Because of its limited operating history, Intec Israel may not be able to successfully operate its business or execute its business plan.

 

Intec Israel has a limited operating history upon which to evaluate its proposed business and prospects. Intec Israel’s proposed business operations will be subject to numerous risks, uncertainties, expenses and difficulties associated with early-stage enterprises. Such risks include, but are not limited to, the following:

 

  the absence of a lengthy operating history;
     
  insufficient capital to fully realize its operating plan;
     
  its ability to obtain U.S. Food and Drug Administration (“FDA”) approvals in a timely manner, if ever, or that the approved label indications are sufficiently broad to make sale of the products commercially feasible;

 

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  expected continual losses for the foreseeable future;
     
  operating in an environment that is highly regulated by a number of agencies;
     
  social and political unrest;
     
  operating in multiple currencies;
     
  Its ability to anticipate and adapt to a developing market(s);
     
  acceptance of its Accordion Pill by the medical community and consumers;
     
  limited marketing experience;
     
  a competitive environment characterized by well-established and well-capitalized competitors;
     
  the ability to identify, attract and retain qualified personnel; and
     
  reliance on key personnel.

 

Because Intec Israel is subject to these risks, evaluating its business may be difficult, its business strategy may be unsuccessful and Intec Israel may be unable to address such risks in a cost-effective manner, if at all. If Intec Israel is unable to successfully address these risks its business could be harmed.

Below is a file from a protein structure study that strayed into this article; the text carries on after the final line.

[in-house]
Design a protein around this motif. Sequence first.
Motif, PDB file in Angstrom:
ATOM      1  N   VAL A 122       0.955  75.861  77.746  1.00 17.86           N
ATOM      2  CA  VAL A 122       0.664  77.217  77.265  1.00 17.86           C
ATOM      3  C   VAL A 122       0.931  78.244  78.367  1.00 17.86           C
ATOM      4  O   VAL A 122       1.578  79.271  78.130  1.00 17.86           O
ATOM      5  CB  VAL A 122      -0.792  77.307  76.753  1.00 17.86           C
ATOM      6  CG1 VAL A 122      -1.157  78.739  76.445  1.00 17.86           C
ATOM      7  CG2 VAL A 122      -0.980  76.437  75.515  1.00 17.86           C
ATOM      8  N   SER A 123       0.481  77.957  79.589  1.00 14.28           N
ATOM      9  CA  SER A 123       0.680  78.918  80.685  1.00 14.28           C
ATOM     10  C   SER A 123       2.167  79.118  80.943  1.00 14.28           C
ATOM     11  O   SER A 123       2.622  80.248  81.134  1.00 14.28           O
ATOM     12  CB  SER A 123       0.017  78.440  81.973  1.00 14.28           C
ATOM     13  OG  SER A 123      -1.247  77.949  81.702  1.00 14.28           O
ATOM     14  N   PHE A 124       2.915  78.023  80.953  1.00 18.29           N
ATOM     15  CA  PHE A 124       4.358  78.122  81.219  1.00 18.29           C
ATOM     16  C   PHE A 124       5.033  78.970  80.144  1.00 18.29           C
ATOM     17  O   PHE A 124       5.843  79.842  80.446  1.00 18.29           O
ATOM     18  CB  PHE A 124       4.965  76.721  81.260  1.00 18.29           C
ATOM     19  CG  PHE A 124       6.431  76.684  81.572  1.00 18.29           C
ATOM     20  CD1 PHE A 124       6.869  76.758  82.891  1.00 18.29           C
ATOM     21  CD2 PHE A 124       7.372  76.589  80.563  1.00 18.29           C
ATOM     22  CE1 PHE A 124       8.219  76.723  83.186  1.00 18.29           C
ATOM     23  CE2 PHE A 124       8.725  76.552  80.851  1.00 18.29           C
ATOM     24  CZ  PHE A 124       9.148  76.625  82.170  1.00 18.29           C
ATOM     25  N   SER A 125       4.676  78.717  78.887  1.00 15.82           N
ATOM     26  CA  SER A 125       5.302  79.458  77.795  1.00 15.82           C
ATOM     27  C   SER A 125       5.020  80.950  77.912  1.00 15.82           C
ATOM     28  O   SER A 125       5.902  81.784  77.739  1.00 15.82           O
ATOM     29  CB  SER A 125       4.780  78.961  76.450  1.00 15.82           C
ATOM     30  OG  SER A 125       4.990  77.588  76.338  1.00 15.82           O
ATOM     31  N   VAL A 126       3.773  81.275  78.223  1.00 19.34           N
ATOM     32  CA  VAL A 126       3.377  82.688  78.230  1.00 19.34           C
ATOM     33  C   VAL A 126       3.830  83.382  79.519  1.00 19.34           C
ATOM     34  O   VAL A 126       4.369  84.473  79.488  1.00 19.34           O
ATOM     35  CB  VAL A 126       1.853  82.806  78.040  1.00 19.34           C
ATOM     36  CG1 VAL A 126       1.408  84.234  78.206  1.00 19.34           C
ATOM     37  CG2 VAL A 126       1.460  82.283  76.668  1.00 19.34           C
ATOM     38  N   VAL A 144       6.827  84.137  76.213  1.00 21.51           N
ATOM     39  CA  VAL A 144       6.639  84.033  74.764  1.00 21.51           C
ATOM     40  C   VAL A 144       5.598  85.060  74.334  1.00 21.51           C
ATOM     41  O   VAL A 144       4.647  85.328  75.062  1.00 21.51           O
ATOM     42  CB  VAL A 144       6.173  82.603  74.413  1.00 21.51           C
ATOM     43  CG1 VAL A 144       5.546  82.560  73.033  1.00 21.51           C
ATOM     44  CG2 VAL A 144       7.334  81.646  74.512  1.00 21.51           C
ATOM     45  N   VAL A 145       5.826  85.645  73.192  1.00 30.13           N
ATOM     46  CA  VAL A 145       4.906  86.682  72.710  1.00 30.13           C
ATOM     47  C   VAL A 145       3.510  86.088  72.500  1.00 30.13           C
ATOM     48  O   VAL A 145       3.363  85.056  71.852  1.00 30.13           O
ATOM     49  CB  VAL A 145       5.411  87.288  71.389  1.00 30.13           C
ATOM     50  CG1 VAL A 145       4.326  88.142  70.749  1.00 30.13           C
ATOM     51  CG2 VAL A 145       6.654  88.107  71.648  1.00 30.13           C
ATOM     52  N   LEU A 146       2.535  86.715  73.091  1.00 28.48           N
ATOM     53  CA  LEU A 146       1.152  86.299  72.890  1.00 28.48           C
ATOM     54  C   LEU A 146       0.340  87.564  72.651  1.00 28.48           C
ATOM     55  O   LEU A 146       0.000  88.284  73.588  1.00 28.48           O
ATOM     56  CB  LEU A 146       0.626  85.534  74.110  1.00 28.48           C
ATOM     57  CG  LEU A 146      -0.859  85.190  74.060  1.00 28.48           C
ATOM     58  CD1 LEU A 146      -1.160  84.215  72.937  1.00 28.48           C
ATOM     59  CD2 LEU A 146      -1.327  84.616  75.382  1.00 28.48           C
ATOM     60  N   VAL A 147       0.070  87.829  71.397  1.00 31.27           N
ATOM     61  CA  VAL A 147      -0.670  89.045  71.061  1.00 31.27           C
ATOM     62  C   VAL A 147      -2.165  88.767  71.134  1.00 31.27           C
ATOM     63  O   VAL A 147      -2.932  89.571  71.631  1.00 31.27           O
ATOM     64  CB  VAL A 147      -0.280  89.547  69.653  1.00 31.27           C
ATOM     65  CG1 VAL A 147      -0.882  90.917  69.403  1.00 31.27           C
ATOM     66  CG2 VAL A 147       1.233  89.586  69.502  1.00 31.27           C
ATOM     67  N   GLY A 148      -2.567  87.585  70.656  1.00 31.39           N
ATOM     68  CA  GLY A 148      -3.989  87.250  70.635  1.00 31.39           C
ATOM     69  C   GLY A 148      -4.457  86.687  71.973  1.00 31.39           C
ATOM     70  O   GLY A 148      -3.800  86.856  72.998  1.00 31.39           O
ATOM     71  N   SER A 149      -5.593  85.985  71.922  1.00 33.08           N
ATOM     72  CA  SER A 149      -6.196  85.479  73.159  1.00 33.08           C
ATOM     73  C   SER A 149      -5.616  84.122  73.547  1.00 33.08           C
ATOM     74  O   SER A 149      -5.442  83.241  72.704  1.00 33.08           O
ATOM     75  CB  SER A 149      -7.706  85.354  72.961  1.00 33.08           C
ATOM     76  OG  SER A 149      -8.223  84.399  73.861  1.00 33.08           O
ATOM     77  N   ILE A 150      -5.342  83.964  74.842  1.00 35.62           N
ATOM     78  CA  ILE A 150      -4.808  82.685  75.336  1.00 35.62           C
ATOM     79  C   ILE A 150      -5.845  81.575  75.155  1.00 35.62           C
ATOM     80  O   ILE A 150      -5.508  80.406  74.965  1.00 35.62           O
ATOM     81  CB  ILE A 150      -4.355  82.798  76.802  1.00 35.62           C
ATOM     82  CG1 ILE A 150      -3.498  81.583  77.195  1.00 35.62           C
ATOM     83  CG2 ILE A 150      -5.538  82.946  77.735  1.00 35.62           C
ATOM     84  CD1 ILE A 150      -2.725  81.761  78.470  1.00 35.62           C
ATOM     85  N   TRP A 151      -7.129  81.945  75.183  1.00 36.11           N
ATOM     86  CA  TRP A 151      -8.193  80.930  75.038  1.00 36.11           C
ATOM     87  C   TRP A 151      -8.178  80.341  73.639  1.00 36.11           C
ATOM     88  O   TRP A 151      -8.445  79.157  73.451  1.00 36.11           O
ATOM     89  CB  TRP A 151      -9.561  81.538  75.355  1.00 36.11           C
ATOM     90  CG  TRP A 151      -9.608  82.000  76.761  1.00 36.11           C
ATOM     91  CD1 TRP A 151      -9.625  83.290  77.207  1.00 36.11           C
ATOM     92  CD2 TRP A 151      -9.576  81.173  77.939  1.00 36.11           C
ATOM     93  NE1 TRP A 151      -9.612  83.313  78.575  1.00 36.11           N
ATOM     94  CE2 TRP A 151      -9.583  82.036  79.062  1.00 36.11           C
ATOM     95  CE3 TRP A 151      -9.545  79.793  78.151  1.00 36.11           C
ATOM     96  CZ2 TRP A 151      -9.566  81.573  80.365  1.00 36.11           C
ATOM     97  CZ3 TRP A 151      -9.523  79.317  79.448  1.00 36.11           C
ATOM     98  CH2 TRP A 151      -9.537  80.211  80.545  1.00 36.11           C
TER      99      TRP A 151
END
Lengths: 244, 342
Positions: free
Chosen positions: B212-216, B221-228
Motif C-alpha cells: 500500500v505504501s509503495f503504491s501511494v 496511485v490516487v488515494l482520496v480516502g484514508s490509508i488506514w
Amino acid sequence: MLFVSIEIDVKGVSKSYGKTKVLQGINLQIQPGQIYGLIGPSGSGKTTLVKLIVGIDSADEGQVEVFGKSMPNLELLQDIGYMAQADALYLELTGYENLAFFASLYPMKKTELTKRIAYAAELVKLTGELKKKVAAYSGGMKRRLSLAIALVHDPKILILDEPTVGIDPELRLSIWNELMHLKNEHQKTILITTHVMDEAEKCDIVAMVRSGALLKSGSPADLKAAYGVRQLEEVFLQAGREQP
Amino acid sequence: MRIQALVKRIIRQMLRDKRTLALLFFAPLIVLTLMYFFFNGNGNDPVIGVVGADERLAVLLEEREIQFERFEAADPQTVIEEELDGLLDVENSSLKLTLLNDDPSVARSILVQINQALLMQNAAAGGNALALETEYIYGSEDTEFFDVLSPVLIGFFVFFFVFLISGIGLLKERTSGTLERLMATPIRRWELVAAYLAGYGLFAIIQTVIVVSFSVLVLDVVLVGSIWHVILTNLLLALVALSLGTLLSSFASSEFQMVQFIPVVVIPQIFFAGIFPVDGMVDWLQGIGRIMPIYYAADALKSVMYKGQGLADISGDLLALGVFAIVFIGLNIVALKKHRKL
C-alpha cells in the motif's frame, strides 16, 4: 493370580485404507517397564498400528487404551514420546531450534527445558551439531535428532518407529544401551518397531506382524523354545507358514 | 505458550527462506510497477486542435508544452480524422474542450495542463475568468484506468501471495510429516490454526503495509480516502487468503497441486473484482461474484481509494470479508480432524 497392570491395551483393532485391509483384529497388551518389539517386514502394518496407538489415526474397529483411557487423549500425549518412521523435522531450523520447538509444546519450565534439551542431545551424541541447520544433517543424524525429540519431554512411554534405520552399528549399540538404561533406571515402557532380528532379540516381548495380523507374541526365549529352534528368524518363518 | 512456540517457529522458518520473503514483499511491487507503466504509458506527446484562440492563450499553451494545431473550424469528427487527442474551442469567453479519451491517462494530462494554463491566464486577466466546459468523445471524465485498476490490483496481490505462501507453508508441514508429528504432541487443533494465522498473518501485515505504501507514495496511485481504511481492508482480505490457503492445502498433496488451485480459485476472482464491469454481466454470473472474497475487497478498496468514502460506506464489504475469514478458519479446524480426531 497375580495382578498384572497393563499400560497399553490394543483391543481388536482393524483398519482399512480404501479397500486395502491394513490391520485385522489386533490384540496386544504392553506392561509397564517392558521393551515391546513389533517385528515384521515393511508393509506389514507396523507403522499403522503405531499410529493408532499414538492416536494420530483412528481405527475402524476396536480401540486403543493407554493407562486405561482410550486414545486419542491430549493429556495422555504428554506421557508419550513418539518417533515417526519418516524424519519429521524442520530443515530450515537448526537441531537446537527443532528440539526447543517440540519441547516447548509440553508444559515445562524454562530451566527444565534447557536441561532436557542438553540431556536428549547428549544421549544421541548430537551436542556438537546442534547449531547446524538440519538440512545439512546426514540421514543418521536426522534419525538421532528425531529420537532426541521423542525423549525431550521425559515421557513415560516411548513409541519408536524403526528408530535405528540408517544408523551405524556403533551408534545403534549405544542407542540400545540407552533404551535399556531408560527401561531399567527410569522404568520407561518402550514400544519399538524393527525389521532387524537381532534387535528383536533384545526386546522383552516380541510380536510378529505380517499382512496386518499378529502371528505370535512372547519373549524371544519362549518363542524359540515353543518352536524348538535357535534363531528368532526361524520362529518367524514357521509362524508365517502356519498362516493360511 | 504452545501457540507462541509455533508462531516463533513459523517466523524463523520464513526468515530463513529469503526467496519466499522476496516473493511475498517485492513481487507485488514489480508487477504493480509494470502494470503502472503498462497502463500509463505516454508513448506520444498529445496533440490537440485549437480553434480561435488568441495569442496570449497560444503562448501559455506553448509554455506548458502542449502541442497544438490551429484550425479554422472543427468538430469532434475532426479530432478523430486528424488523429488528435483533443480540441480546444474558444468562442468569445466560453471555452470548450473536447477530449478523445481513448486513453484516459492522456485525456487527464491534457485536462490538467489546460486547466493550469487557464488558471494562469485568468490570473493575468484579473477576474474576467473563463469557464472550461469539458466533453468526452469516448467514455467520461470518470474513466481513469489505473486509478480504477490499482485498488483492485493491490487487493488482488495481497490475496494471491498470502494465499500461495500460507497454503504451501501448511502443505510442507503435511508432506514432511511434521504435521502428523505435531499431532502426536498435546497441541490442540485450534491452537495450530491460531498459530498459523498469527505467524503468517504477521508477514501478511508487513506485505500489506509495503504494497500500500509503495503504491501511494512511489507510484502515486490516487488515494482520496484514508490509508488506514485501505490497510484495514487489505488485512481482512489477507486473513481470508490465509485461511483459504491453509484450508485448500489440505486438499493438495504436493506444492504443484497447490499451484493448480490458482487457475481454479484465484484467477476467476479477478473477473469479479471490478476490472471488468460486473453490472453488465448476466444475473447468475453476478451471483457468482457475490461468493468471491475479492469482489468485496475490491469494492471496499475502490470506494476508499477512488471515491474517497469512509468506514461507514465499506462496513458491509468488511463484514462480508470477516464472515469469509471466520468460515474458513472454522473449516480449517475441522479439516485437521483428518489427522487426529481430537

Intec Israel has incurred and could incur further impairment charges of its long-lived assets that could negatively affect its results of operations.

 

Intec Israel periodically evaluates whether events and circumstances have occurred that require an impairment assessment. In July 2019, Intec Israel announced top-line results from its ACCORDANCE study which did not meet its target endpoints. Intec Israel determined that the clinical trial results constituted a triggering event that required it to undertake an impairment test and as a result it recorded an impairment charge of approximately $13.7 million with respect to its production line and related production equipment for commercial scale manufacturing of AP-CD/LD. In the third quarter ended September 30, 2019, Intec Israel recorded for the first time an impairment charge of approximately $9.8 million which was updated in the fourth quarter by approximately $3.9 million following a new impairment assessment performed at December 31, 2019 following changes in management assumptions. As of December 31, 2020, Intec Israel performed an additional impairment test which determined that there is no need to record an additional impairment charge. Although no impairment charge was recorded in 2020, Intec Israel could incur further impairment charges if Intec Israel determine that the carrying value of its long-lived assets is reduced. In addition, any changes in the actual market conditions versus the assumptions used in the model to determine impairment charges could result in further impairment charges in the future. In the event that Intec Israel determine that its long-lived assets are impaired, Intec Israel may be required to record a non-cash charge that could adversely affect its results of operations.